The first open-air aerodrome for unmanned aerial vehicles at the University of California San Diego was a complete visual treat. A drone landed on a moving Roomba-like robot while being guided by arm gestures. Another streamed a live, high-definition, 360-degree video feed as it flew overhead.
This signals the dawn of a new era for drone research. Researchers from across campus, including computer scientists, structural, mechanical, aerospace, electrical and computer engineers and scientists at the Scripps Institution of Oceanography will all work under one roof in this laboratory for UAVs.
“We are bringing everyone together so that one plus one equals substantially more than two,” said Henrik I. Christensen, a professor of computer science at the Jacobs School of Engineering at UC San Diego and the director of the campus’ Contextual Robotics Institute.
The opening of this aerodrome was catalyzed by two factors- new University of California regulations for governing the use of drones in residential areas and the demand from researchers on campus. The institute oversees this new drone testbed, which is located next to the UC San Diego Powell Structures Lab. The aerodrome consists of a 30-foot-tall mesh cage over a 2,500-square-foot outdoor area, and will be primarily be open to university research. Projects that could take flight in the new aerodrome include a wide range- from quadcopters built by undergraduate students to balloons designed for monitoring conditions inside hurricanes. The second phase will expand the testbed to an indoor 100-foot-tall area, connected to the outdoor testing cage.
Falko Kuester, a professor in the Department of Structural Engineering who leads the DroneLab at the Qualcomm Institute at UC San Diego and his team are using drones to assess damage after natural disasters—both real and simulated. In one instance, the team developed imaging techniques using the drones which they then used to map full-scale buildings before, during and after earthquakes and fires. The drones acquired images and videos of a six-story building to document damage as a simulated earthquake and then a staged fire unfolded. using sophisticated algorithms, the imaging and videos were then used to create detailed three-dimensional models. The researchers could literally walk through, Star Trek-style, a Holodeck-type environment to inspect the structures for damage. “The ability to develop, test and refine drone-based imaging techniques is critical for our rapid response team,” said Kuester.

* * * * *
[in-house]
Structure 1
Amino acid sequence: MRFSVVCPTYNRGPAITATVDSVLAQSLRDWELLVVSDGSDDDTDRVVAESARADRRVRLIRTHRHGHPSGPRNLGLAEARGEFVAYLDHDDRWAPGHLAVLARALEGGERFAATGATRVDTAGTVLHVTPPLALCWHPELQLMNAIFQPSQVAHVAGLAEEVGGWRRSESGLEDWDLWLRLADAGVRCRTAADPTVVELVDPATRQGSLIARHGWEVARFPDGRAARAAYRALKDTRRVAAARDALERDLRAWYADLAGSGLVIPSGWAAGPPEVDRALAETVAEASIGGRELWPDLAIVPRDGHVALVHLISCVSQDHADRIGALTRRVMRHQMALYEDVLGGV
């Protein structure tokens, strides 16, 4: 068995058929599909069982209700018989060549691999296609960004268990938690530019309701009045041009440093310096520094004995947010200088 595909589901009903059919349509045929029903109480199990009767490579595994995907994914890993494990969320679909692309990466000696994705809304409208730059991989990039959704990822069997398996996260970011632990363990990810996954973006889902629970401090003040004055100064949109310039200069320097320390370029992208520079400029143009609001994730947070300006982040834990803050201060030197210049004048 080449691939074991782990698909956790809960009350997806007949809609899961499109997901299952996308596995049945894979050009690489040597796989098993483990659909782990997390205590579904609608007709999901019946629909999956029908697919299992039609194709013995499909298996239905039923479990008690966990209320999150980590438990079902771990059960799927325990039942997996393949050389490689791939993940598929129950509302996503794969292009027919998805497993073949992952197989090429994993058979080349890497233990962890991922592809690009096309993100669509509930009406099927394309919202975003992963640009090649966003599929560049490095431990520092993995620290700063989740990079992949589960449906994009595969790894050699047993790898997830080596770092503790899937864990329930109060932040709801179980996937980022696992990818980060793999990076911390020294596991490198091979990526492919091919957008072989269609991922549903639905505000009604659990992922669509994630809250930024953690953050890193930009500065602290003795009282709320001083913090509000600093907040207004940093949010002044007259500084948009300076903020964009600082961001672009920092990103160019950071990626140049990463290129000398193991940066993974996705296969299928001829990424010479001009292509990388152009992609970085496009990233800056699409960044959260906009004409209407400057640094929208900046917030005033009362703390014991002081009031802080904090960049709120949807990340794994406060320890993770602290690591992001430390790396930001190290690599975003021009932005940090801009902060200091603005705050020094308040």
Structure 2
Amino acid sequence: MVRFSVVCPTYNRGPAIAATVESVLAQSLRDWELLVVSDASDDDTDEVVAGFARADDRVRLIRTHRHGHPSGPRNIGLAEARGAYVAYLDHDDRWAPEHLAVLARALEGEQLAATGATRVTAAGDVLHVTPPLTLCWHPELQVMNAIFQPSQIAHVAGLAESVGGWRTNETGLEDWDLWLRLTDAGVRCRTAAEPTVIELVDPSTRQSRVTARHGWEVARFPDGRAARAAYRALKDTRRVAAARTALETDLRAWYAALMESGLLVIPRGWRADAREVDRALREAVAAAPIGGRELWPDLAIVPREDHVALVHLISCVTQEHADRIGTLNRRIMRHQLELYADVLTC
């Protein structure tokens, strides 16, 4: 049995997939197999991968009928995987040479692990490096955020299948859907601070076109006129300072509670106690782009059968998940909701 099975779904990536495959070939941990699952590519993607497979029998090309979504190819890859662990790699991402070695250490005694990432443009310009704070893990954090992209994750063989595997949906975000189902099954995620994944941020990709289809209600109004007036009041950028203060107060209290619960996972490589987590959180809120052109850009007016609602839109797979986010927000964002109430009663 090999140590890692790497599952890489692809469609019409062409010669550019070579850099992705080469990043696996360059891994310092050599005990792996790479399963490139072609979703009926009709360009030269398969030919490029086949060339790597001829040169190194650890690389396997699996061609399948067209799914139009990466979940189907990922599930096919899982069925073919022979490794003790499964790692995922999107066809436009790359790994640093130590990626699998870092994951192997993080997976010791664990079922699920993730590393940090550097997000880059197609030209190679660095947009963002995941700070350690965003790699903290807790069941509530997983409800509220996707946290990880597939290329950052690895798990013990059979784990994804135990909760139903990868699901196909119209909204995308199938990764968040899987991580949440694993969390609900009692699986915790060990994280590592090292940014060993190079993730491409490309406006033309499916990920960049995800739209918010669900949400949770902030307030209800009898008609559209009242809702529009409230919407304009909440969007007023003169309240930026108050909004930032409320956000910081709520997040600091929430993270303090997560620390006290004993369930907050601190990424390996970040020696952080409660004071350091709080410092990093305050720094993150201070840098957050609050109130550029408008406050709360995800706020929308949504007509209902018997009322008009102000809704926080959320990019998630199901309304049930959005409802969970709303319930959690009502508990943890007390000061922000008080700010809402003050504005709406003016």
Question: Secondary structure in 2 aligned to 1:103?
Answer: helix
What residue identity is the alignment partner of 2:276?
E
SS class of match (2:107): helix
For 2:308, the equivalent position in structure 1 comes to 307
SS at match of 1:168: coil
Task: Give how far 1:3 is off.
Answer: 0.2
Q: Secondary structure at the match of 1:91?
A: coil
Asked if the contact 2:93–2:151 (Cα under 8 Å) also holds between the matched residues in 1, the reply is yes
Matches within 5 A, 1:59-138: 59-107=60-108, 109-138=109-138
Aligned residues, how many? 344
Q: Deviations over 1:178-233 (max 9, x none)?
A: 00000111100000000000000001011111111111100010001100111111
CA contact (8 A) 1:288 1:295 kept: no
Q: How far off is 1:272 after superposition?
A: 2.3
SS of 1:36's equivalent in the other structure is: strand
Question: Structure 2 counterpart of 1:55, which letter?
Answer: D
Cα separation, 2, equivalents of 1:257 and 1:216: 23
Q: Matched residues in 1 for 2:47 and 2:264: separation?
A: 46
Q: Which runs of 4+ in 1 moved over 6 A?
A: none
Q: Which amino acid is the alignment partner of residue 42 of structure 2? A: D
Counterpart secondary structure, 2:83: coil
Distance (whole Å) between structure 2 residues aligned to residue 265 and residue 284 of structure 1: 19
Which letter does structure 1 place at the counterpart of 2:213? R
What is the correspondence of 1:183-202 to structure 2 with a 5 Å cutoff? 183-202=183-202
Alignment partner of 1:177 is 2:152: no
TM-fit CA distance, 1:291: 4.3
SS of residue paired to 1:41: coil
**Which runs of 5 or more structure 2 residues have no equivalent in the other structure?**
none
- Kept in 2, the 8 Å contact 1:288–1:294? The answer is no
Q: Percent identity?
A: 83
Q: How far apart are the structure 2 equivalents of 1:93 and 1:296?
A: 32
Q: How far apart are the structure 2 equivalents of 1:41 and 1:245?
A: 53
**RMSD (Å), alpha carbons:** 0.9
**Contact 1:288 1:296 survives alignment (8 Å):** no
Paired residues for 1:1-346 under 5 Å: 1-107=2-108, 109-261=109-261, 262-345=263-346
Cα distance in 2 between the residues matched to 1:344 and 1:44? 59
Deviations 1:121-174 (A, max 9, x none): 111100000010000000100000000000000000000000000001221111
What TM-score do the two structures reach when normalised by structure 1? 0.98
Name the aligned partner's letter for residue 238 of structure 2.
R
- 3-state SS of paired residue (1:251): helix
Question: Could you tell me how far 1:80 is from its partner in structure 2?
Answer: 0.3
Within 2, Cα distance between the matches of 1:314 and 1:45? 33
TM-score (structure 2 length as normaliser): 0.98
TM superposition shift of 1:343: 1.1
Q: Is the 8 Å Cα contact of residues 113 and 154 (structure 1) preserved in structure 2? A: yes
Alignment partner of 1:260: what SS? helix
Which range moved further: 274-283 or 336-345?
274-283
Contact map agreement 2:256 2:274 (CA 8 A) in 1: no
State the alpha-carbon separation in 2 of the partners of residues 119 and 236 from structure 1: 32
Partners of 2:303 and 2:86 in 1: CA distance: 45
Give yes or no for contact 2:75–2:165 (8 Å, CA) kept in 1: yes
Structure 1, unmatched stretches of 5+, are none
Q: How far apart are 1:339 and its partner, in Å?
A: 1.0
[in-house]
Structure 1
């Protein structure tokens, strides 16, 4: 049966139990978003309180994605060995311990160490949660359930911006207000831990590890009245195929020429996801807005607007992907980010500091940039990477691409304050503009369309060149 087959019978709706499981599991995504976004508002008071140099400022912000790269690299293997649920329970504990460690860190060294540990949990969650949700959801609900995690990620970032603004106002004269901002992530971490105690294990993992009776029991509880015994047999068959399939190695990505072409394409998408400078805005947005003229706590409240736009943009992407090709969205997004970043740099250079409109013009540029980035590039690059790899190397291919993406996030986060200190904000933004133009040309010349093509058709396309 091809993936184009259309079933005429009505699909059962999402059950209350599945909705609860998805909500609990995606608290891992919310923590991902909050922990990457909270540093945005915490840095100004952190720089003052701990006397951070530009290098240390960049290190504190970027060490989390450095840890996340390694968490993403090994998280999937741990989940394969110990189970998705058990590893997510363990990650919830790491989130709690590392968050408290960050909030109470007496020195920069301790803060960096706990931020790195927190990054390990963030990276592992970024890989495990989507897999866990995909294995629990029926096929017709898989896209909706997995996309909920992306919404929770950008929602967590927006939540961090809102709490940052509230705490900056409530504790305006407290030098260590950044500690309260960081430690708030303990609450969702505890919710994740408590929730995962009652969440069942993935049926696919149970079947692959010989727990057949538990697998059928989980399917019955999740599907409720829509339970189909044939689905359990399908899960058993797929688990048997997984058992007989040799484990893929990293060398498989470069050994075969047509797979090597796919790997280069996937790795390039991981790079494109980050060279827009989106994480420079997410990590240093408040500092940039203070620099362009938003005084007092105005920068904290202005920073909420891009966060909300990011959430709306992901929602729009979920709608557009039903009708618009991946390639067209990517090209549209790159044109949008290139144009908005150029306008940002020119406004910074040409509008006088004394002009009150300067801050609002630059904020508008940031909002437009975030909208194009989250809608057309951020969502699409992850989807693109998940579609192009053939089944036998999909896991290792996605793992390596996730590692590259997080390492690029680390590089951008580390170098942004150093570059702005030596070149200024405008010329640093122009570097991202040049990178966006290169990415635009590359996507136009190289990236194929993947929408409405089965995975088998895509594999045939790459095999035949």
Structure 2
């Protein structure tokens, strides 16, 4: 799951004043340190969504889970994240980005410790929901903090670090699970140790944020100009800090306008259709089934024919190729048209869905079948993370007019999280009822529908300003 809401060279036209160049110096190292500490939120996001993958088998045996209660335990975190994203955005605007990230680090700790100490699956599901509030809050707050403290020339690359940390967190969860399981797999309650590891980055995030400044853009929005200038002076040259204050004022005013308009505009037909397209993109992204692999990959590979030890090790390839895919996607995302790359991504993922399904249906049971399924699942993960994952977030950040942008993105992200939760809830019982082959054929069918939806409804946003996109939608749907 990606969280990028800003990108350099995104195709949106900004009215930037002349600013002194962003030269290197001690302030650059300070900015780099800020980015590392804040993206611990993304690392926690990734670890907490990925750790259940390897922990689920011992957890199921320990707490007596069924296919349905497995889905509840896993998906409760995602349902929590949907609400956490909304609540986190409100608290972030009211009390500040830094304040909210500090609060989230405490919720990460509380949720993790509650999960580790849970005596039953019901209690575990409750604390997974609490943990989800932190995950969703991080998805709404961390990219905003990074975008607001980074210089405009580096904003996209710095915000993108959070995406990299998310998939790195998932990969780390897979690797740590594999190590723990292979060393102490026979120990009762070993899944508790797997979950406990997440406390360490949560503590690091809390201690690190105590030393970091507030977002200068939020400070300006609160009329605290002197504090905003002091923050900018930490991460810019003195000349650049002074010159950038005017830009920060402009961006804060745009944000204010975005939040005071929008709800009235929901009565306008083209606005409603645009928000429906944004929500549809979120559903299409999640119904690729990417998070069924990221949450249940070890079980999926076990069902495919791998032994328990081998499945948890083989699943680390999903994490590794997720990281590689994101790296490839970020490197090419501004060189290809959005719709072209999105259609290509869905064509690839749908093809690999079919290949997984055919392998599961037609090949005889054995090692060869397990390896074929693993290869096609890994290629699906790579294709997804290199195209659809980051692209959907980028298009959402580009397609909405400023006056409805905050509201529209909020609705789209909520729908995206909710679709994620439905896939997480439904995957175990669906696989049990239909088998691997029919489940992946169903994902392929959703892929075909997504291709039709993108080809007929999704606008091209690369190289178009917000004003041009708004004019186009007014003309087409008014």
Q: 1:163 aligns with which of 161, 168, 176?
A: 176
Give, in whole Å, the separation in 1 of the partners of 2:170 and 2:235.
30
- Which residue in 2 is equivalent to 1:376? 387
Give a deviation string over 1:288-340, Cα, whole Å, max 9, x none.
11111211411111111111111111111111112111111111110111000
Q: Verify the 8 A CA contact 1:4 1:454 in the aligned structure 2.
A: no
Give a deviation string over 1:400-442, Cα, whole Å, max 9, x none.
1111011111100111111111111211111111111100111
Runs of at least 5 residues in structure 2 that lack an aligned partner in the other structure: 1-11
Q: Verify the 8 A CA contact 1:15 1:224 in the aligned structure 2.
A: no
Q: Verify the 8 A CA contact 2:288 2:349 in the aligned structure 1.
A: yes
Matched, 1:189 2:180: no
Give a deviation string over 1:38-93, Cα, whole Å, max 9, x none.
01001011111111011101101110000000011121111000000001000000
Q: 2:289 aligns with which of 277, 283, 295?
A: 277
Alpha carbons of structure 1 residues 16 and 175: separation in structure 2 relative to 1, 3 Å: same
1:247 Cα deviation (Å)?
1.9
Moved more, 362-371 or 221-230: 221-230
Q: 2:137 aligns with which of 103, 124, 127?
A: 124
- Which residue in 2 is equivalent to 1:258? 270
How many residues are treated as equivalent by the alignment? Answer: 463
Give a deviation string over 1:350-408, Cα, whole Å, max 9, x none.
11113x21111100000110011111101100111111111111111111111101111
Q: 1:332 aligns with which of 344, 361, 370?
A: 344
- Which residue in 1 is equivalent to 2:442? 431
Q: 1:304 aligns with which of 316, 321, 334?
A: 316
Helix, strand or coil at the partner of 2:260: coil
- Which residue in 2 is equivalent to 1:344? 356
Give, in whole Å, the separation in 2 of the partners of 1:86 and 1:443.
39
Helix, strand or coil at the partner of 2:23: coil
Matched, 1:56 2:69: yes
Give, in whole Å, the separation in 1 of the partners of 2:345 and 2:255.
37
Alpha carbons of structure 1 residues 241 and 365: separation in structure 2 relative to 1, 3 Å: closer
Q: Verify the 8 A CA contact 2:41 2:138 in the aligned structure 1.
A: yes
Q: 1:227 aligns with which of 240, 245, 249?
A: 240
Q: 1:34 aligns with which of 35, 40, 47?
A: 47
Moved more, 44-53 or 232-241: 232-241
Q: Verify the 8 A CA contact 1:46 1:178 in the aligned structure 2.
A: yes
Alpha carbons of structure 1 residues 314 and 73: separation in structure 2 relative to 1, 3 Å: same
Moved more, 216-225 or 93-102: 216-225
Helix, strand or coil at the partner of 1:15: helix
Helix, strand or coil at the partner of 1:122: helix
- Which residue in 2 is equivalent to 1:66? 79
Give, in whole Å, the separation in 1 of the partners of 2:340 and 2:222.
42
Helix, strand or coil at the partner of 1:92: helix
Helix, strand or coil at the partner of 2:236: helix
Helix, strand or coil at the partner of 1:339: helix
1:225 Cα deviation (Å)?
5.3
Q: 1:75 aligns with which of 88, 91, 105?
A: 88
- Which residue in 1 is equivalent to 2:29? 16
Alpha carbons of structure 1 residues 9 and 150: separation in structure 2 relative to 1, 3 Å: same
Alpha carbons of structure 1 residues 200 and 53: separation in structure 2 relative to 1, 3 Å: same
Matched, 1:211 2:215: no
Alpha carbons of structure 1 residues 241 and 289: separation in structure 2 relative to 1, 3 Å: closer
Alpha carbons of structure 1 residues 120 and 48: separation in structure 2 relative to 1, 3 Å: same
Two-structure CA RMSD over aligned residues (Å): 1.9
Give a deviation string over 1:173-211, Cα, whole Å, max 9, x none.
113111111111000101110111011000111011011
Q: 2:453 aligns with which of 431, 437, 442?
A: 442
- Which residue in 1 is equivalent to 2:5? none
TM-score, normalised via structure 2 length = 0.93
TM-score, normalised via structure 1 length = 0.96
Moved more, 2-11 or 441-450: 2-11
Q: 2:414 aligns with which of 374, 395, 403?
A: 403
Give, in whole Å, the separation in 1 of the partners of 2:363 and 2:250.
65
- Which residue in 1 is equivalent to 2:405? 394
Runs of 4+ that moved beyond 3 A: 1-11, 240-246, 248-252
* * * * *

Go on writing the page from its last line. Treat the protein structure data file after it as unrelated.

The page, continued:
Another research team, led by professors Jorge Cortes and Sonia Martinez from the Department of Mechanical and Aerospace Engineering, is working to develop algorithms that allow swarms of robots and drones to work together by allowing elements of the swarm to sense, estimate and plan to optimize deployment. These swarms can be used in search and rescue missions, environmental monitoring, or even for pickup and delivery in transportation.
The new UAV aerodrome is in part supported by funds from Northrup Grumman and Qualcomm. The research teams that will currently use the aerodrome are supported by the Army Research Laboratory, Army Corps of Engineers, National Science Foundation (NSF), National Institutes of Standards and Technology (NIST) and Defense Advanced Projects Agency (DARPA).
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